This award is funded by the AHRC through the Scottish Cultural Heritage Consortium. Subject to AHRC eligibility criteria, the studentship will cover Home/EU tuition fees and a stipend towards living expenses. The value of the stipend for 2016/17 is yet to be confirmed, however, for 2016/17 it is likely to be £14,296 plus a £550 additional stipend payment. In addition, National Museums Scotland will provide up to £1,000 per year to contribute towards travel and related research costs. The studentship is covered by standard AHRC rules and guidance.
How to apply
The studentship will commence on 1 October 2016 and will last for three years. A further six months of funding for public engagement activity at National Museums Scotland is provided through the Student Development Fund.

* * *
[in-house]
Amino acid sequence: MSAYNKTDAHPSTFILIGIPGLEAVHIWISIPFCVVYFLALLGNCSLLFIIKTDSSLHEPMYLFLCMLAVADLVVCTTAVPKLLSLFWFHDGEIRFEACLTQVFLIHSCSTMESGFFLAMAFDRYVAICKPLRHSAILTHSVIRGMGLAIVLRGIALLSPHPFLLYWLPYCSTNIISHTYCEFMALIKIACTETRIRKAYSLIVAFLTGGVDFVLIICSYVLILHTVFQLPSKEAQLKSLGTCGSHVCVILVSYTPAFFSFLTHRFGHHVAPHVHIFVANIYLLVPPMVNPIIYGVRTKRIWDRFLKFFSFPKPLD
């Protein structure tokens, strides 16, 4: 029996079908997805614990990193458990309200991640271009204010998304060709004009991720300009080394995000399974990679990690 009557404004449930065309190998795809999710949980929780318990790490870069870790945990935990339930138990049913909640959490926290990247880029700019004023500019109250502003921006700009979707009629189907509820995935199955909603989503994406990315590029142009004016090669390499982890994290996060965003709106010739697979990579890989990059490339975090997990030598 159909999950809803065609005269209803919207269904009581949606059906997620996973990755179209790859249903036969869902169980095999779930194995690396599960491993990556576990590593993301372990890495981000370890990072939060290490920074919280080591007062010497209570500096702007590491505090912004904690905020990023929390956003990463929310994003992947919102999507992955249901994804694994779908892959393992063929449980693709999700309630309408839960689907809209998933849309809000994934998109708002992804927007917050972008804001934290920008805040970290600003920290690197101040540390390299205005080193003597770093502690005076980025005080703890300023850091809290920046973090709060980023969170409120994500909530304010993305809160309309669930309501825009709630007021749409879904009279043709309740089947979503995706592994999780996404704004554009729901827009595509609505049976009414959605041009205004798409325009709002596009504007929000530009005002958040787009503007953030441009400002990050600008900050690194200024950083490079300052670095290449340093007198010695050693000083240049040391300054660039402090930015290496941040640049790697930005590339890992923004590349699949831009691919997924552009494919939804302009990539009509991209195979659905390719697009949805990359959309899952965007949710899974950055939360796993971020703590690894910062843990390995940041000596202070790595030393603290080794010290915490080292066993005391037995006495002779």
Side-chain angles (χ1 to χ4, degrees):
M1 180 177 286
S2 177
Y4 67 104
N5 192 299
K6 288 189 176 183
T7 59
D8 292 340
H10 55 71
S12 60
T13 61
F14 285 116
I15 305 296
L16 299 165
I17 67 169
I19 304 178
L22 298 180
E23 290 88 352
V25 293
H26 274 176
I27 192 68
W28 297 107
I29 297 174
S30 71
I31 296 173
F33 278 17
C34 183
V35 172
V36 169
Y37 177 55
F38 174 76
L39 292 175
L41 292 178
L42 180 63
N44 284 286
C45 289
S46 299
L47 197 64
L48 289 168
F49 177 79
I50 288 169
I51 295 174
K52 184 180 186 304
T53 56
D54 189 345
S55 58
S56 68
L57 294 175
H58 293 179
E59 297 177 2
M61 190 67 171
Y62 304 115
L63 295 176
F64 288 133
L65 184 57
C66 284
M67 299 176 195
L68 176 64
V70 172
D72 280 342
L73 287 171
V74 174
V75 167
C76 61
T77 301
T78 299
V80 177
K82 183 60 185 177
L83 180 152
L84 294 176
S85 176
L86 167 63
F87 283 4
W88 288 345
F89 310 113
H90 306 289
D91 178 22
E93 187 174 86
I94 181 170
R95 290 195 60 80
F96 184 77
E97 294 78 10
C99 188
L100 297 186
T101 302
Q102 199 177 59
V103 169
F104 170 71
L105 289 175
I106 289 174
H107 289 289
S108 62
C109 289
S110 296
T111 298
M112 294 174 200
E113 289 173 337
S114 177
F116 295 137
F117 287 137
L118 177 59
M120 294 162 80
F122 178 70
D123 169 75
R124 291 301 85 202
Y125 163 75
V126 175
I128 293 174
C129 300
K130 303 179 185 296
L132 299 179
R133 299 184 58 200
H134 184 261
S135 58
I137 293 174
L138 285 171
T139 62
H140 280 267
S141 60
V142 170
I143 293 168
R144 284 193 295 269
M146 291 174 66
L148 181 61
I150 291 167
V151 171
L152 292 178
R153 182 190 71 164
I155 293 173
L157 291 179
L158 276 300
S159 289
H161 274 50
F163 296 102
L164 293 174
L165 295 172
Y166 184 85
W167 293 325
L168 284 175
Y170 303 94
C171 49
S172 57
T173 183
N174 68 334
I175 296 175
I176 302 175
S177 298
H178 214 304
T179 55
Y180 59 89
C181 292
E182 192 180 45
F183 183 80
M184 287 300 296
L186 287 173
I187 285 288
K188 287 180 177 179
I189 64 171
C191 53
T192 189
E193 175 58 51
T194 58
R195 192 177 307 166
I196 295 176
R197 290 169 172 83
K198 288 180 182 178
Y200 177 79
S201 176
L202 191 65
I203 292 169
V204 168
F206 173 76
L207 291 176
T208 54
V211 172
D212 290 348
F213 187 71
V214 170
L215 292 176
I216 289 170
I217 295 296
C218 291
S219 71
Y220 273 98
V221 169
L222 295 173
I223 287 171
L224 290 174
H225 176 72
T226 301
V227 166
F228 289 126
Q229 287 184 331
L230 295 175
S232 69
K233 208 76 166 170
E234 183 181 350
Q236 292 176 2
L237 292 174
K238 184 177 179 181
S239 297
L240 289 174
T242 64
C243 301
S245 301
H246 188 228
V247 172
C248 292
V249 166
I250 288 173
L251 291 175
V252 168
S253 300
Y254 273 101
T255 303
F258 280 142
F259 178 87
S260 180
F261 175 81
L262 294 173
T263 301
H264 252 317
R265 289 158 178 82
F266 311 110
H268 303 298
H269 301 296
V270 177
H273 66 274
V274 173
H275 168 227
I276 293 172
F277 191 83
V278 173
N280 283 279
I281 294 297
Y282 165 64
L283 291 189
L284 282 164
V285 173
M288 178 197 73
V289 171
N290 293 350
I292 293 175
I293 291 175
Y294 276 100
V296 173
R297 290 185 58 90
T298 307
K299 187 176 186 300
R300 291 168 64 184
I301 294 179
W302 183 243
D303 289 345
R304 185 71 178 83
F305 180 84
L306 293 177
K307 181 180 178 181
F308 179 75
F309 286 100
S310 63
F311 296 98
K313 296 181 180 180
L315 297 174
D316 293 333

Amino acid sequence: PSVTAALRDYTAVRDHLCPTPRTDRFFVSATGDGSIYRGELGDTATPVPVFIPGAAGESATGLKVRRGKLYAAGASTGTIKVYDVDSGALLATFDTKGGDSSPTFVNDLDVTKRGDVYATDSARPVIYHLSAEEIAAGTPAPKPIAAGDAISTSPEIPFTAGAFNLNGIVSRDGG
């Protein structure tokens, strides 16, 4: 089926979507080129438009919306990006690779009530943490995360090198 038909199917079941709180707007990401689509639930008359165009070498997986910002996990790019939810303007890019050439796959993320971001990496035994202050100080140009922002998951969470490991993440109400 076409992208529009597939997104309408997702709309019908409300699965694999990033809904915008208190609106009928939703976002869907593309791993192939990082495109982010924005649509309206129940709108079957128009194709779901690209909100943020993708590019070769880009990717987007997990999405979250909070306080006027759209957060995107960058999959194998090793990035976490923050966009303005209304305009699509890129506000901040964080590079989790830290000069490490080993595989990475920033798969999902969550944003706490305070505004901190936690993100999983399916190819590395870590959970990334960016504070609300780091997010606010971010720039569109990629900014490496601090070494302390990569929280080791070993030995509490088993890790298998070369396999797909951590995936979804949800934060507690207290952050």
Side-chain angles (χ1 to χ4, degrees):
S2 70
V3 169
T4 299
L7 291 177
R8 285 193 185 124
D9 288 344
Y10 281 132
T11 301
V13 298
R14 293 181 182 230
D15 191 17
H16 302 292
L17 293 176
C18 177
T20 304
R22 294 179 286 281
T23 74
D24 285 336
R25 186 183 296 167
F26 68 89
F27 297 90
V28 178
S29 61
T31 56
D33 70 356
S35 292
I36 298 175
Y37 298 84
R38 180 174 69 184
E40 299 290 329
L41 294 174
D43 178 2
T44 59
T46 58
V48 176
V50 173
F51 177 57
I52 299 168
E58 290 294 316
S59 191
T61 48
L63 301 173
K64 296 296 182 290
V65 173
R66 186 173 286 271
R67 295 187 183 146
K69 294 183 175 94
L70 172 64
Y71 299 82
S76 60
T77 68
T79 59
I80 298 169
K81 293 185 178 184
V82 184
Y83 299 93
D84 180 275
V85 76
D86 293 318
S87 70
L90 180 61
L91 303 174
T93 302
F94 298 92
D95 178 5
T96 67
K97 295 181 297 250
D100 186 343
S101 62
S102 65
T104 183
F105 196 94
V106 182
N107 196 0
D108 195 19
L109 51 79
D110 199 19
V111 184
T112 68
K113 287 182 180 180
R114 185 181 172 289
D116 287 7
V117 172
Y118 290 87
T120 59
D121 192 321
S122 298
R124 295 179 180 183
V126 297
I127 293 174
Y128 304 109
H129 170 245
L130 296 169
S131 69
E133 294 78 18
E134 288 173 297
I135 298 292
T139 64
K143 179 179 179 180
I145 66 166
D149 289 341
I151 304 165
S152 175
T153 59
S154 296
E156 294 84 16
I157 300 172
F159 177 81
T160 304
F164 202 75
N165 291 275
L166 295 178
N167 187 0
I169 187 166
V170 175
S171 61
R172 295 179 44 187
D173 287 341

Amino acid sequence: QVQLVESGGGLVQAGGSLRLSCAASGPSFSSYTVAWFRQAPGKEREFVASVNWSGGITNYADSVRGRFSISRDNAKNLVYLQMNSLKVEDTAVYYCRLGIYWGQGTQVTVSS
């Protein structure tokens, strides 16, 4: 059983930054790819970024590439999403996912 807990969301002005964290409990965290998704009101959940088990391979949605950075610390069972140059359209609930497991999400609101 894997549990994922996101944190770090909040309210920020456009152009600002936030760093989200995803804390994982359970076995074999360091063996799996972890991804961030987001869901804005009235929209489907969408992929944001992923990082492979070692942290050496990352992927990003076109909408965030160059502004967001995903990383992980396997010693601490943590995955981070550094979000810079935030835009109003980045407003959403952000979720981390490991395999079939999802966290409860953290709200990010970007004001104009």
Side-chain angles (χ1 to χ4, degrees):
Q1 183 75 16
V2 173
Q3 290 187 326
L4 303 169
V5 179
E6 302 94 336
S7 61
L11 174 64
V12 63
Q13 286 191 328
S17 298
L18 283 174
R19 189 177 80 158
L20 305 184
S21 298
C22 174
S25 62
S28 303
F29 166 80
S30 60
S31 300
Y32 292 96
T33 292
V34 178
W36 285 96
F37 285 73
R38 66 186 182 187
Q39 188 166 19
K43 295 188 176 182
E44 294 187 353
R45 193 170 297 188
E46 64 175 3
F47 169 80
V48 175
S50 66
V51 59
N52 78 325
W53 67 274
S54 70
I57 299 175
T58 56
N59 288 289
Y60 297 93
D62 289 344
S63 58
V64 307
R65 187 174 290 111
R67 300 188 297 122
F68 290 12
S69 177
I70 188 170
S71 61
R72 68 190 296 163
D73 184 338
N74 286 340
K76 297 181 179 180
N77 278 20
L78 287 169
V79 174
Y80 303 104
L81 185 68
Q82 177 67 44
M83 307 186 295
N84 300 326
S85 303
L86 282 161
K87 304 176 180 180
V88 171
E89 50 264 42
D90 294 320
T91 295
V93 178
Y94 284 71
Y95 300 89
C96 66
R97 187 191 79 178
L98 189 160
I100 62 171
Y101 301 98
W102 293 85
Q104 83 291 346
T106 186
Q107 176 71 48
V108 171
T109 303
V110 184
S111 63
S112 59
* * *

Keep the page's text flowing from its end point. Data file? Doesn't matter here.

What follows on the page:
Candidates wishing to submit an application should prepare and submit the following documentation:
- A statement of no more than 1,000 words describing in detail your interest in and suitability for undertaking this project
- A current CV
- A transcript of qualifications to date (and anticipated results if you are still studying for your Masters)
- An example of scholarly work up to 5000 words in length (e.g. a full essay or dissertation chapter)
- 2 academic references
- Closing date for receipt of complete applications: 1 May 2016
- Applications, with the Subject line ‘NMS Studentship’ should be emailed to Humanitiesemail@example.com
- Interviews are provisionally scheduled for late May 2016. The interviews will take place at the National Museum of Scotland, though there is provision for them to be undertaken by Skype. Only short-listed candidates will be invited to interview.
- Start date: 1 October 2016
Further information on:
- History at the University of Glasgow
- Department of Scottish History and Archaeology, National Museums Scotland
First published: 14 March 2016